How Legacy Businesses Can Compete in the Sharing Economy

By harnessing sensor data from the internet of things, providers of traditional products and services can participate in the sharing economy — boosting revenue in the process.

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How Legacy Businesses Can Compete in the Sharing Economy

Image courtesy of Daniel Hertzberg/

The term platform is commonly associated with vibrant ecosystems that connect various sets of users — drivers with riders (Uber), property owners with renters (Airbnb), searchers with advertisers (Google), sellers with buyers (Alibaba), or social groups with app developers (Facebook). These digital platforms have generated unprecedented value, overshadowing many established companies that have dominated their industries with produce-and-sell value chains.1 Until recently, most traditional companies could not adapt their established business models to participate in the so-called sharing economy. But sensors and related technologies are changing that reality.

Consider Ford vehicles equipped with voice-activated technology that can order coffee through Amazon’s Alexa. Using data on weather, traffic, and the vehicle’s location, the car can request a coffee to be ready precisely when the driver arrives at the nearest Starbucks. The driver can pick up her coffee without waiting in line. And the FordPass app that contains her mobile payment information can automatically complete the transaction.

This kind of integration highlights two notable shifts from traditional practices.2 First, the established company (Ford) activates a new ecosystem consisting of consumers and third parties outside its value chain (Starbucks, Amazon, banks, and app developers). Such consumption ecosystems emerge after products are sold through linkages enabled by sensor data generated as products are being used.3 They are different from production ecosystems, which are built on linkages within value chains — such as those between suppliers, R&D, manufacturing, assembly, and distribution channels — that connect the parties involved in producing and selling. Established companies know their production ecosystems, and many use smart connected products within their value chains to improve their assembly processes, customer relationships, and after-sales service.4 But consumption ecosystems, which involve tracking products after they are sold and sharing sensor data with parties outside the value chain, are new. And they require new capabilities.

The second shift occurs within the established company’s new consumption ecosystem. In the coffee example, Ford must manage exchanges between drivers and third-party providers to offer a service. In so doing, Ford goes beyond its produce-and-sell role to become a platform creator and orchestrator.

Running a platform is new for many produce-and-sell companies, but the opportunity it represents is hard to ignore.



1. M.E. Porter, “Competitive Advantage: Creating and Sustaining Superior Performance” (New York: Free Press, 1985).

2. T. Soper, “Starbucks Teams Up With Ford and Amazon to Allow In-Car Orders via Alexa,” GeekWire, March 22, 2017,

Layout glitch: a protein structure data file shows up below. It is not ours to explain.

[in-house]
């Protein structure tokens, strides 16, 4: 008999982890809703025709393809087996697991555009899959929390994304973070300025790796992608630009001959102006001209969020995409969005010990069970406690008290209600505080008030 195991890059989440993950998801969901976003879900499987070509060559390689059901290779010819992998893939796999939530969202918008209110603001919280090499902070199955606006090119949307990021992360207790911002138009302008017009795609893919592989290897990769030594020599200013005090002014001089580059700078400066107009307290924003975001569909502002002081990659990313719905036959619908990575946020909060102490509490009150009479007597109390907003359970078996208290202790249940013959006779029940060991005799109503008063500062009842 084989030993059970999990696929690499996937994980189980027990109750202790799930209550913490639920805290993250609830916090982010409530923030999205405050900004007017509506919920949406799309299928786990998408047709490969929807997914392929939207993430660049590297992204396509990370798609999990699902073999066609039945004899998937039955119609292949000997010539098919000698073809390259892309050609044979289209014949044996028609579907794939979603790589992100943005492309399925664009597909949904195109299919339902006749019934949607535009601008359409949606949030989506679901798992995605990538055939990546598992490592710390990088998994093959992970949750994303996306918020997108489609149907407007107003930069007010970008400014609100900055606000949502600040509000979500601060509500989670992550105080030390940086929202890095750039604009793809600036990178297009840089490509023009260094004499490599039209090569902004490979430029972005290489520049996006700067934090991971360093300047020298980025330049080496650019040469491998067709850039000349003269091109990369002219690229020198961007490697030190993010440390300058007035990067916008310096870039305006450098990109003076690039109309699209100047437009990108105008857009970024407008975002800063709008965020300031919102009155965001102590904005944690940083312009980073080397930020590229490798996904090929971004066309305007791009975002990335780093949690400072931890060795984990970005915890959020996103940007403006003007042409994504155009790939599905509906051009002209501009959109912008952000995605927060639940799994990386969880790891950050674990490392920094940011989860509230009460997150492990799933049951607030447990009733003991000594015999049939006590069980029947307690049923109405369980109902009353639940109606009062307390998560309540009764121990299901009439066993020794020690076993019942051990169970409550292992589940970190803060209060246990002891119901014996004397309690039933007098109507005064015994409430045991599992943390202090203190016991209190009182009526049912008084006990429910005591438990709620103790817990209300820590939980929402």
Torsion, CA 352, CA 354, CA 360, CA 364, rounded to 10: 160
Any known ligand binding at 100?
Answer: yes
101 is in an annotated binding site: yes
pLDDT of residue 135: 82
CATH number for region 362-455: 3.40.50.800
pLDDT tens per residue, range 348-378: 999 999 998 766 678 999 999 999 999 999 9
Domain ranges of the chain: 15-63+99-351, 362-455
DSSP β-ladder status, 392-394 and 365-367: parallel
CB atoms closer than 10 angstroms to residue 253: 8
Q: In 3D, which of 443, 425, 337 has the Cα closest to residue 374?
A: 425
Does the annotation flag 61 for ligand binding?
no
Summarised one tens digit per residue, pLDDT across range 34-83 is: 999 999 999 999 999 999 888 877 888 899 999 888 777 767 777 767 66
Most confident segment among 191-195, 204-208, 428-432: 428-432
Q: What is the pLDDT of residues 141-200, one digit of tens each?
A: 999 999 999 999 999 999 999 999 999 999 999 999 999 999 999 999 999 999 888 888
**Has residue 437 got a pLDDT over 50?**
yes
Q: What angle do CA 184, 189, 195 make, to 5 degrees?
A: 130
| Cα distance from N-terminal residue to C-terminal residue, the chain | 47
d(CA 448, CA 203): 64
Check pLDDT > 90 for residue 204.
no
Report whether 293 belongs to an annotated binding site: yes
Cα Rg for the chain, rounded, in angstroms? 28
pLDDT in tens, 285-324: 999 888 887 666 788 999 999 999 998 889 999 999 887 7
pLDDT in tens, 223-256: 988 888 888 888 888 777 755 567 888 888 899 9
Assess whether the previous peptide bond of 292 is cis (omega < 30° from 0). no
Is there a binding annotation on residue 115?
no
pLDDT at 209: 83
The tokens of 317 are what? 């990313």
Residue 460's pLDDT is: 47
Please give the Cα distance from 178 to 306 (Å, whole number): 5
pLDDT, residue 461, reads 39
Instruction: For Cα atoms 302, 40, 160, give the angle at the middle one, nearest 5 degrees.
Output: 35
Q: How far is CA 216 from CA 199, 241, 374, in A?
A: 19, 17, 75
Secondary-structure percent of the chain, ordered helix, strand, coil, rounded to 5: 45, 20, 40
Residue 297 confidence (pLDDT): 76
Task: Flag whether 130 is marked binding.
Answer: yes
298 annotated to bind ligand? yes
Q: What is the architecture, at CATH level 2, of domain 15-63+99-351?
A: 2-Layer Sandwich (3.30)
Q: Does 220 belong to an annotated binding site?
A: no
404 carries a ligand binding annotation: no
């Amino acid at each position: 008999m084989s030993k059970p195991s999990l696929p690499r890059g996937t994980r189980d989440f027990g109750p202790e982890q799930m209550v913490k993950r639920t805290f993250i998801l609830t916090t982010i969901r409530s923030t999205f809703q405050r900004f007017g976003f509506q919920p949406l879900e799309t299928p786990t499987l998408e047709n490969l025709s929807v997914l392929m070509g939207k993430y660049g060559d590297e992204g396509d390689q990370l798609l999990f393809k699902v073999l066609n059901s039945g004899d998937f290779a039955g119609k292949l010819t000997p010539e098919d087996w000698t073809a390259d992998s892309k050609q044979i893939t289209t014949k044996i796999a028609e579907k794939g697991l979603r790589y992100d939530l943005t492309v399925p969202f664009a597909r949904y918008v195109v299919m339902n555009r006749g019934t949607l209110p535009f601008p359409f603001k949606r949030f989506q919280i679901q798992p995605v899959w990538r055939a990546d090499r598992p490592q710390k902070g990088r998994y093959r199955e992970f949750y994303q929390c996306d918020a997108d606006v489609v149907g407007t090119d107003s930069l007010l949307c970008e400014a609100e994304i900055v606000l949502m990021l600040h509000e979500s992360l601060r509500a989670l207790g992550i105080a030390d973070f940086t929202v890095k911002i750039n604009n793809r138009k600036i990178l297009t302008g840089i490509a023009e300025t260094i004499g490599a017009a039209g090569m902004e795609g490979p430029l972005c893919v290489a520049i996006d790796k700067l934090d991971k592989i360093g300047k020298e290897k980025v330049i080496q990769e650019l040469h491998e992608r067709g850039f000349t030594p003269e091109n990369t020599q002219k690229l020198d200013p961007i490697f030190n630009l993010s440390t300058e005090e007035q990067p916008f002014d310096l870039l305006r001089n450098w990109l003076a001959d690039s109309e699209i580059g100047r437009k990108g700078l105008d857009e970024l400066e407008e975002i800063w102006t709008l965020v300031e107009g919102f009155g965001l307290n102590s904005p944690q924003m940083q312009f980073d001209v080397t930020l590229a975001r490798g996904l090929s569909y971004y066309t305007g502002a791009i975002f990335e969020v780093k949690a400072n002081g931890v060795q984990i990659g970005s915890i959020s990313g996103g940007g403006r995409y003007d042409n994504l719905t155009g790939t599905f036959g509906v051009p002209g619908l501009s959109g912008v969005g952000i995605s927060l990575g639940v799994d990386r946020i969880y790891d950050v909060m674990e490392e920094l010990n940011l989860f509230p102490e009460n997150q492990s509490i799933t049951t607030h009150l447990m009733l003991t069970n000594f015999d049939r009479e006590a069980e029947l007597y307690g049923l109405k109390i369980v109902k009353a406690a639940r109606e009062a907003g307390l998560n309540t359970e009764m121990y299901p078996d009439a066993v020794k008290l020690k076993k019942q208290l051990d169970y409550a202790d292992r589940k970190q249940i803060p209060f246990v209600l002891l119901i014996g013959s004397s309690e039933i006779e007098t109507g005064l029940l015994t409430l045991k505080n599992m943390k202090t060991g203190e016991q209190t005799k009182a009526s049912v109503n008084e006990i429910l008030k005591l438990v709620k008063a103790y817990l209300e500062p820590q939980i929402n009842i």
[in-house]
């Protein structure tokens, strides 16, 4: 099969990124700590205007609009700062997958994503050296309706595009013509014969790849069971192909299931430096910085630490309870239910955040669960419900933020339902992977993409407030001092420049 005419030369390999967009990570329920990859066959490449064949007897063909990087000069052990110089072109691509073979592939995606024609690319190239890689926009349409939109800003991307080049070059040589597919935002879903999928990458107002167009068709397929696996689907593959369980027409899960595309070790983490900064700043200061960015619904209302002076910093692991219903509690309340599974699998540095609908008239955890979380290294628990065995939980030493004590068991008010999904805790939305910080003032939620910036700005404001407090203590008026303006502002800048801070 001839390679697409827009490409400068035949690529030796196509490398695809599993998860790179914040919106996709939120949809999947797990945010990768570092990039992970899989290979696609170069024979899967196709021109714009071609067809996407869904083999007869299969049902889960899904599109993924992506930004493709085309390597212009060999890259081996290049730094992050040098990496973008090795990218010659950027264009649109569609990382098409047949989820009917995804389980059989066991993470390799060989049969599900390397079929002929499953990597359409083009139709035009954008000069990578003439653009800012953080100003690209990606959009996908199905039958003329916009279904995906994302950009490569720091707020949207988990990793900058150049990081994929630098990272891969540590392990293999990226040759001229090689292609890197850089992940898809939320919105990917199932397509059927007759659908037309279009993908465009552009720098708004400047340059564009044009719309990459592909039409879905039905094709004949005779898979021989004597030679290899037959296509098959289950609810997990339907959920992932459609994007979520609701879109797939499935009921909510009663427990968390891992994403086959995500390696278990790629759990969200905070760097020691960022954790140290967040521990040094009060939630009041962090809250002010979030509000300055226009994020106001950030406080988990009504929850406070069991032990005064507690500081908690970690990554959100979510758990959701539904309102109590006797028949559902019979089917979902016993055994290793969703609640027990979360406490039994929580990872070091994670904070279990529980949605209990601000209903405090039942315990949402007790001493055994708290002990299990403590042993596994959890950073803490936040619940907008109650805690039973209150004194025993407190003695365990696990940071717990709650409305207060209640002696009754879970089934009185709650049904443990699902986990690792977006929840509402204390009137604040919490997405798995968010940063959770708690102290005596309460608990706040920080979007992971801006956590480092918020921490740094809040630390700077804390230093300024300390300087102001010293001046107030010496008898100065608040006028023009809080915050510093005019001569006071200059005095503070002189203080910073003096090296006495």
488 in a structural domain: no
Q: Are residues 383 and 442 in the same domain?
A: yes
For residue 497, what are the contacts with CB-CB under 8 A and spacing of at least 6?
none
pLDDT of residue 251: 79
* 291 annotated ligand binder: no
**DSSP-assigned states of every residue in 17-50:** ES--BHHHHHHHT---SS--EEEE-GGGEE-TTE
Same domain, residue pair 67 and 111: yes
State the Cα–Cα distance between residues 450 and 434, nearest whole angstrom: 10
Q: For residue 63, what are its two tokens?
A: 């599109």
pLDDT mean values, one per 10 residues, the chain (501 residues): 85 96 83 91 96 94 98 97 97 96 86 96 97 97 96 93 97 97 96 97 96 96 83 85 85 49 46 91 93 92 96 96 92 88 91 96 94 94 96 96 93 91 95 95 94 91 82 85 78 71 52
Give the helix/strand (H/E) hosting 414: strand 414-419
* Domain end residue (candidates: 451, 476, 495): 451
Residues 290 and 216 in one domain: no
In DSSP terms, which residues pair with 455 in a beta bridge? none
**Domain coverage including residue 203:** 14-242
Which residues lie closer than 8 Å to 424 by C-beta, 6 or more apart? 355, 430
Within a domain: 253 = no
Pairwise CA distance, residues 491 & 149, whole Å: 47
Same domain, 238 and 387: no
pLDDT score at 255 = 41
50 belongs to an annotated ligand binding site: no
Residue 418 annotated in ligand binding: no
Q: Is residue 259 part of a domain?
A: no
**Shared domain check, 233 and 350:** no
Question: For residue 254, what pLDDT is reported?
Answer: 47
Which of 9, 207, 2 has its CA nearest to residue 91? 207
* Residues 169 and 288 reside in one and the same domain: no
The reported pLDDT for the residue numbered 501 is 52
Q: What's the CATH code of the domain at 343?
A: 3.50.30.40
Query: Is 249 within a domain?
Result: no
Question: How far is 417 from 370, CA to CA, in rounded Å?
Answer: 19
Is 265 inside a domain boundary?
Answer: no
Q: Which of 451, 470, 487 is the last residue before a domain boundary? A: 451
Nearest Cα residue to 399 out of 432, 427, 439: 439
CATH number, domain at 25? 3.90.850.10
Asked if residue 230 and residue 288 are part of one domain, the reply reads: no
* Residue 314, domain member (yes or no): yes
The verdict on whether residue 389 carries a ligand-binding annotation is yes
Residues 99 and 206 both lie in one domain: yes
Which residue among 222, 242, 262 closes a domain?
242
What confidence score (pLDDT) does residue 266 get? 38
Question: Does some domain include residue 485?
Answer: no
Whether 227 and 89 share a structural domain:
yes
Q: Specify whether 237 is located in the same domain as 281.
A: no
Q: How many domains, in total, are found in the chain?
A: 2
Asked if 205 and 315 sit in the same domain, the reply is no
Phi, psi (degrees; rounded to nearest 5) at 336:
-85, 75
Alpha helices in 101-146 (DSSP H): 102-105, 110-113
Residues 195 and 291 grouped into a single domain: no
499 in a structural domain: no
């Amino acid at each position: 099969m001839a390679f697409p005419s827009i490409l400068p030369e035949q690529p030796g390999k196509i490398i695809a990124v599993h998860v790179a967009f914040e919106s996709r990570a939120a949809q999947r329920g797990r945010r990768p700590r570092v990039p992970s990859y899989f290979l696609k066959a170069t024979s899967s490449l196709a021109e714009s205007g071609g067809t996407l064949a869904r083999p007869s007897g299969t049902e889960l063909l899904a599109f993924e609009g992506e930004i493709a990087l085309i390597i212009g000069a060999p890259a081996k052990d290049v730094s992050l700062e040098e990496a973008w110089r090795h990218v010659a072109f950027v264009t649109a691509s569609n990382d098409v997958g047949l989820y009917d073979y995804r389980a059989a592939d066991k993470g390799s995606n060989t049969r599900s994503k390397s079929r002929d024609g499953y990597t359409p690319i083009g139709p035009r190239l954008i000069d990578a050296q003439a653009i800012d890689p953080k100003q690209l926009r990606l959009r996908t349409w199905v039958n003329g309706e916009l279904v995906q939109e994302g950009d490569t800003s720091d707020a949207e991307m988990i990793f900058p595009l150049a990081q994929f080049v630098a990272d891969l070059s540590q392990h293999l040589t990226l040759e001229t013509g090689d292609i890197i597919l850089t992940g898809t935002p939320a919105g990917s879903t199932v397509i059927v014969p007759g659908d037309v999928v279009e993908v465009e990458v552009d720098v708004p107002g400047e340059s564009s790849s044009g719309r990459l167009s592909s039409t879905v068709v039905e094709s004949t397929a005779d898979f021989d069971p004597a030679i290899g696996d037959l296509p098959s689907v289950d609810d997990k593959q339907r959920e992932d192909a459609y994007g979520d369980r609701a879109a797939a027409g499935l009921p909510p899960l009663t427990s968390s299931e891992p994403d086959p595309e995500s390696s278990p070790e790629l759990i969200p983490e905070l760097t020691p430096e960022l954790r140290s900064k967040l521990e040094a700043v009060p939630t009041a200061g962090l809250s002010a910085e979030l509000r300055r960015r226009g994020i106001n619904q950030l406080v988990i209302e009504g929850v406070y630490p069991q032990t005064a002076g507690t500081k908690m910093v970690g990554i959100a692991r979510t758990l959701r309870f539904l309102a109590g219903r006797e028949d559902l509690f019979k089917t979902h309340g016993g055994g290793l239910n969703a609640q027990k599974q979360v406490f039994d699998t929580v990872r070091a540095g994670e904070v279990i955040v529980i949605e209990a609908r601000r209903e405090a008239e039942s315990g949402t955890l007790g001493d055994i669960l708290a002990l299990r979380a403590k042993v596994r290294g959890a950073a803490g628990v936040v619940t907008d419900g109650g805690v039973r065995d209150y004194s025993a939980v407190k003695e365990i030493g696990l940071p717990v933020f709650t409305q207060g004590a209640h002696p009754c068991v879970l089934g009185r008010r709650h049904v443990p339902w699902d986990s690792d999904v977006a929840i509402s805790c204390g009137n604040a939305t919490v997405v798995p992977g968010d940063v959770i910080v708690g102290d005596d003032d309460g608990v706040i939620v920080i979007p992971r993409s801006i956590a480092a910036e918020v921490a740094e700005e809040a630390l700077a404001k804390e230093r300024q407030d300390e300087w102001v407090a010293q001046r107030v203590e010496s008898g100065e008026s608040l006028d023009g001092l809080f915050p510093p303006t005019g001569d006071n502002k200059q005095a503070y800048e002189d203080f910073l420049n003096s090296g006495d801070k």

3. M. Subramaniam, B. Iyer, and V. Venkatraman, “Competing in Digital Ecosystems,” Business Horizons 62, no. 1 (January-February 2019): 83-94.

4. M.E. Porter and J.E. Heppelmann, “How Smart, Connected Products Are Transforming Companies,” Harvard Business Review 93, no. 10 (October 2015): 96-114.

5. See, for example, McKinsey’s estimates highlighted in these articles: H. Bauer, M. Patel, and J. Veira, “The Internet of Things: Sizing Up the Opportunity,” McKinsey & Co., December 2014,; and J. Manyika, M. Chui, P. Bisson, et al., “Unlocking the Potential of the Internet of Things,” McKinsey Digital, June 2015,

6. For a discussion on how Alibaba and Tencent hold a sensor data advantage over Chinese banks, see M. Subramaniam and R. Rajgopal, “Learning From China’s Digital Disrupters,” MIT Sloan Management Review, Jan. 16, 2019,

7. B.G. Hwang, S.R. Thomas, C.T. Haas, et al., “Measuring the Impact of Rework on Construction Cost Performance,” Journal of Construction Engineering and Management 135, no. 3 (March 2009): 187-198.

8. D.P. McIntyre and A. Srinivasan, “Networks, Platforms and Strategy: Emerging Views and Next Steps,” Strategic Management Journal 38, no. 1 (January 2017): 141-160.

9. A. Hagiu, “Merchant or Two-Sided Platform?” Review of Network Economics 6, no. 2 (June 2007): 115-133.

10. M. Iansiti and K.R. Lakhani, “Digital Ubiquity: How Connections, Sensors, and Data Are Revolutionizing Business,” Harvard Business Review 92, no. 11 (November 2014): 90-99.

11. For a discussion on how traditional banking services are being affected by platform-based business models, see M. Subramaniam et al., “China’s Digital Disrupters.”

12. M.E. Porter, “What Is Strategy?” Harvard Business Review 74, no. 6 (November-December 1996): 61-78.

13. J. Joseph, “Cimcon Lighting Launches the NearSky Connect Program to Accelerate Smart City Transformations,” Cimcon Lighting, Oct. 3, 2018,

14. A. Pardes, “To Compete With Startups, Old-School Mattress Makers Plug Into Data,” Wired, July 29, 2019,

15. B. Edelman, “How to Launch Your Digital Platform,” Harvard Business Review 93, no. 4 (April 2015): 90-97.

16. For a discussion on how product companies can learn from digital natives about the use of APIs, see B. Iyer and M. Subramaniam, “The Strategic Value of APIs,” Harvard Business Review, Jan. 7, 2015,; and B. Iyer and M. Subramaniam, “Are You Using APIs to Gain Competitive Advantage?” Harvard Business Review, April 13, 2015,

17. See, for example, B. Iyer and M. Subramaniam, “Corporate Alliances Matter Less Thanks to APIs,” Harvard Business Review, June 8, 2015,

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